The ultimate vacation getaway, Fire Island offers pristine beaches without a hint of pretention. Nestled in between the Great South Bay and Atlantic Ocean the Island has been a haven for generations of beach goers, outdoor enthusiasts, and water sport lovers. Free of cars and chaos this unique island seems like a world away from its neighboring New York metropolitan way of life. A weekend at Fire Island gets you back to nature. With all the biking, hiking, swimming, surfing, beach volleyball, kayaking, and tennis, you can finely break free of that monotonous gym routine.

The following are some exciting activities that you can dive right into as soon as you disembark from the Fire Island Ferry.

Boating and Sailing

With over 101 miles of coastline, it’s no surprise that boating is an integral part of the Fire Island lifestyle. Sailing is a Fire Island legacy that is proudly upheld by clubs in Point O’ Woods, Saltaire, Summer Club, and Dunewood. Bitter rivals, Point O’ Woods and Saltaire compete in the annual regatta for bragging rights over Fire Island sailing mastery.

Fire Island is a boater’s paradise; from motorboats to jet skis, Fire Island satisfies all your boating needs. There are marinas in Watch Hill and Sailors Haven where you can dock your boat overnight. It should be noted, however, that there is a 14-day limit for docking your boat overnight. For smaller boats and personal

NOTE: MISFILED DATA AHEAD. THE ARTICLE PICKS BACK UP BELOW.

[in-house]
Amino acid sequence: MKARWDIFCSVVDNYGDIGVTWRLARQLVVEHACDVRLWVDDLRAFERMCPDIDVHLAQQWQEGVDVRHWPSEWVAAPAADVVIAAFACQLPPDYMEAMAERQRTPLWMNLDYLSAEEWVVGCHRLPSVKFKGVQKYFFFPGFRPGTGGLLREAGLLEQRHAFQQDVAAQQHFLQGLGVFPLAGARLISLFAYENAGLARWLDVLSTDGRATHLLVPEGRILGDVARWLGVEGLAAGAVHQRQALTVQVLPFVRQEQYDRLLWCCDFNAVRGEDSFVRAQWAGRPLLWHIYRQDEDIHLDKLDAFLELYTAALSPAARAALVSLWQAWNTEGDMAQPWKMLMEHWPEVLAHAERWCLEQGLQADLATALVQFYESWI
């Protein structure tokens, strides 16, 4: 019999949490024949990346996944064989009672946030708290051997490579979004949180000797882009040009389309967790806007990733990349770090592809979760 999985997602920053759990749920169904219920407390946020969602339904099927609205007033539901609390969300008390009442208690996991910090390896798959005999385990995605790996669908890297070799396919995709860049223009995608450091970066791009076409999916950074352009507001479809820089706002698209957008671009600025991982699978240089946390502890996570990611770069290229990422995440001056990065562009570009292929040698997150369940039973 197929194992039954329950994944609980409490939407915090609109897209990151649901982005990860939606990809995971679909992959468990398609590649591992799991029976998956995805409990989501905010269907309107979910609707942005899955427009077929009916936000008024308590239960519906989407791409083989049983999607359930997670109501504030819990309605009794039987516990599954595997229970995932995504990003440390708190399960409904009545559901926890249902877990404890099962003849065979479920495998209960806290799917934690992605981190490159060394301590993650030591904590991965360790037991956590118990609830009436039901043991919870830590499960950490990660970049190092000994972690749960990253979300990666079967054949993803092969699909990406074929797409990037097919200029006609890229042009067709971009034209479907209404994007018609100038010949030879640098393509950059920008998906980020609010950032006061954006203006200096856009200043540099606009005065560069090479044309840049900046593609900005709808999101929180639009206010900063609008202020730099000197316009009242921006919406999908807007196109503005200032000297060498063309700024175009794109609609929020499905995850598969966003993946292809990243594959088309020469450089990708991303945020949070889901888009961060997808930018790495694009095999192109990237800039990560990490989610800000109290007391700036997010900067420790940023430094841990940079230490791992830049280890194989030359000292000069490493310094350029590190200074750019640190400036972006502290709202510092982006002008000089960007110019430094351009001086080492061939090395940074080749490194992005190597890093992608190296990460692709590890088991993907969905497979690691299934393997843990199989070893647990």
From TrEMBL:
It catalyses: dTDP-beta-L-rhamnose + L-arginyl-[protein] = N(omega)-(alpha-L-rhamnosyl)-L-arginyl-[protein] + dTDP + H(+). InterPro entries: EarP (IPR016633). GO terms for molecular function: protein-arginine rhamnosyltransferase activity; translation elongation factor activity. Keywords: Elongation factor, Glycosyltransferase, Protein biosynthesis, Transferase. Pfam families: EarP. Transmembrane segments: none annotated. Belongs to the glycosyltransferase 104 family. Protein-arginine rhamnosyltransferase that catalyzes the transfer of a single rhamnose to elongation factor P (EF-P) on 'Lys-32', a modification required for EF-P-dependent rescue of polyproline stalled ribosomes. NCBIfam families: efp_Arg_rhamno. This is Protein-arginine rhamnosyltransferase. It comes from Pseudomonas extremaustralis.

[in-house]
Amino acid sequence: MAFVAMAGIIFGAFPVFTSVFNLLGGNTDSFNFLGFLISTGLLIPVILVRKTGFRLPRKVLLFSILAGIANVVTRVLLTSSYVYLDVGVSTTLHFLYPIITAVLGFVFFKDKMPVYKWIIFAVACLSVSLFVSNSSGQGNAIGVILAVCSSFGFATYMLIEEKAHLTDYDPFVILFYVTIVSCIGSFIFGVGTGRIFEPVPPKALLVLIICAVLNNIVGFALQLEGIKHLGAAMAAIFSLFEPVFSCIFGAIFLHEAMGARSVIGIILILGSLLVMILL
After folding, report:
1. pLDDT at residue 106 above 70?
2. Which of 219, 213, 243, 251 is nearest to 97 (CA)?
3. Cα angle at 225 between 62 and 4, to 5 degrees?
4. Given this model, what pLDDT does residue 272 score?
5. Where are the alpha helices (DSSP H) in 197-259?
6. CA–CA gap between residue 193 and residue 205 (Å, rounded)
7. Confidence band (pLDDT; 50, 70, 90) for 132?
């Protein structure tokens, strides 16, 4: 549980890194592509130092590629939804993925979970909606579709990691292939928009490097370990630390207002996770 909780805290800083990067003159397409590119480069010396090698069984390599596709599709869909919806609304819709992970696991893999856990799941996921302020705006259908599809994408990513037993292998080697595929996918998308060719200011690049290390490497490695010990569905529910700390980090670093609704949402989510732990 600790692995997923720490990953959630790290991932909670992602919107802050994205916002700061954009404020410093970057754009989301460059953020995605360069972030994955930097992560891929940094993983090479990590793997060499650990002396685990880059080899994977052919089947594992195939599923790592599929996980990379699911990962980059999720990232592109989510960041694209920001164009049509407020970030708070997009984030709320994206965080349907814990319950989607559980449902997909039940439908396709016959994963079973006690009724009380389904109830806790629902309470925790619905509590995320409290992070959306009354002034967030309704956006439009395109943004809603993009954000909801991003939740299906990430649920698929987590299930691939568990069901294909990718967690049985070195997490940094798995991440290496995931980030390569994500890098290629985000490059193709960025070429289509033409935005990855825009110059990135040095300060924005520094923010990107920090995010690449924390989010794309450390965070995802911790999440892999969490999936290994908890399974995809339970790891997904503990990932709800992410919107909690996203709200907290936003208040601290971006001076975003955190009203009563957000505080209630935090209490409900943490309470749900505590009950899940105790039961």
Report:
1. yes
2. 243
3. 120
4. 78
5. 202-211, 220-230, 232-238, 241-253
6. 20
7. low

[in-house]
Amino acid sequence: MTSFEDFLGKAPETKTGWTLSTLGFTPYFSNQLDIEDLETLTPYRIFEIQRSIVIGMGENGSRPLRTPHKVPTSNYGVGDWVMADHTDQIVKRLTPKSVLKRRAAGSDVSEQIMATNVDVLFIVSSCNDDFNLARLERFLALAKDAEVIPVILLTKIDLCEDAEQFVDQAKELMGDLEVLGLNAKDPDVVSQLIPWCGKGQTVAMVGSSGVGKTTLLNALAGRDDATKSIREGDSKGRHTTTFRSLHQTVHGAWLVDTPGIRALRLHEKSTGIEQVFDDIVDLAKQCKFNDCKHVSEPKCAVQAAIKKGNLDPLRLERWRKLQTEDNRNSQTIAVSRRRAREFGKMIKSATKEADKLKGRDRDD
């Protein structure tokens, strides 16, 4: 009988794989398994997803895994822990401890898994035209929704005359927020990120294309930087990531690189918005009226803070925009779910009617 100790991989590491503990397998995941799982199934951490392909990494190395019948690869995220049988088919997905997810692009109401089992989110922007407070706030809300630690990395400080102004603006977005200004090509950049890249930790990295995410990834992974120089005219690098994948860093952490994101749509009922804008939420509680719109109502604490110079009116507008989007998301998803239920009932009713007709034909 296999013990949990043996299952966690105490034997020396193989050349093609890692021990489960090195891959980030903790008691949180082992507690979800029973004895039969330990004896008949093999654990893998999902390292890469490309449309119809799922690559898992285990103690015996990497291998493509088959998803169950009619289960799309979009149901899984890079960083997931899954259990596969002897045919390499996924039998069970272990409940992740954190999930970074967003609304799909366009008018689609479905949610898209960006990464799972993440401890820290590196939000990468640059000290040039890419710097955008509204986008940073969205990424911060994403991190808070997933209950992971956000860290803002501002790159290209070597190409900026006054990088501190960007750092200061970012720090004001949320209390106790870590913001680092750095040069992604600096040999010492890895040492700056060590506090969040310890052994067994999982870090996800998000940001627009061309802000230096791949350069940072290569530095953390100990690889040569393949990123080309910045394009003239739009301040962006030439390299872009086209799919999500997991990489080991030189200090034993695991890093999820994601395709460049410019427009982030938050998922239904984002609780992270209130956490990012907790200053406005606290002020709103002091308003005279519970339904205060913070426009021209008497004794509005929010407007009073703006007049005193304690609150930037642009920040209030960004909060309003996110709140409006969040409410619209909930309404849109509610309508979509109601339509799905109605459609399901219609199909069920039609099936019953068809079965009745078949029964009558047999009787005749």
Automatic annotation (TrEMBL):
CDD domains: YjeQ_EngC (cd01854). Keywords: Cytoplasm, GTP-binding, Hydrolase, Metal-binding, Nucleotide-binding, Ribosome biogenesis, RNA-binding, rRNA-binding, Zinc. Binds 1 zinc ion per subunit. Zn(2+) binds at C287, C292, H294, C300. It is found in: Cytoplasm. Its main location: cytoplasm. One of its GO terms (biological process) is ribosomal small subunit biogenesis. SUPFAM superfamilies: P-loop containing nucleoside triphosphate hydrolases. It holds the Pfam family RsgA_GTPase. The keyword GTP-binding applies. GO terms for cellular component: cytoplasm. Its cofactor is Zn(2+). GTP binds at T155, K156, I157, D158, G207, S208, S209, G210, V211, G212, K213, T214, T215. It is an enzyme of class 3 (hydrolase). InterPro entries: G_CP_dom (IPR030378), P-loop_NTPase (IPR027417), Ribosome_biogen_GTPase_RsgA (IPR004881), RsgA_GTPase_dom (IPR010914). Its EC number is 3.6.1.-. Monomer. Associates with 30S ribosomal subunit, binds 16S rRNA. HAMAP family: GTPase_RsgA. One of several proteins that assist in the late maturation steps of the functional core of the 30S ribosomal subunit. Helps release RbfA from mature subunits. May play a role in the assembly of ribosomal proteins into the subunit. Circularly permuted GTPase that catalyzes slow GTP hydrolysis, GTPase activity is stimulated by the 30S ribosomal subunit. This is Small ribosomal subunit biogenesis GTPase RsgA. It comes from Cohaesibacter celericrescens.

watercraft, most boaters use Barrett Beach Park to dock and unload. Jet skis are restricted to the island boundaries and are prohibited near the shoreline. The Appalachian Mountain Club, Fire Island Cabin branch maintains a fleet of boats for member use and hosts sailing lessons for beginners. Contact Captain Michael Miller for more information: 845-494-4093.


Searching for hidden treasures on the beach never stops being fun. On Fire Island, you can explore all of its incredible beaches year-round for shells, marine plants, and more exotic finds. Be careful not to disturb any shells that might still have living inhabitants. Any shells or interesting finds you make are for personal use only.


Looking for a break from the beach? Locals will have you know there is much more to this island than
soaking in the sun. Residents of this eco-friendly island take advantage of country club living without the snob effect. Tennis associations are offered in nearly every Fire Island community, but a 9 am court reservation might be a tall order. When it comes to dress code we are more likely to channel our inner Agassi than stick to those conservative whites.


With the wind at your back, freewheeling across the boardwalks by the beach is a must. Biking is an integral part of every Fire Island community, woven into culture as the primary mode of transportation. Seasoned locals will tell you the more beat-up and rusted out bike the better, and we agree. In the peak season the walkways are crowded, please remember that pedestrians have the right of way. Proper biking etiquette is much appreciated. Use your bell and alert the pedestrian that you will be passing.

Be sure to check the biking regulations for each community before going out for a ride.


Clams are to Fire Island what maple syrup is to Vermont. Abundant and delicious, clamming has become
a common practice for islanders. While many use the rake and boat approach, longtime locals are more familiar with the foot and toe method. Just walk out in the bay, dig your feet into the sand, and when you feel that smooth, hard rock-like shell, reach down and pull it out. Gather like-minded seafood lovers and cook up mean chowder.

Swimming and Water Activities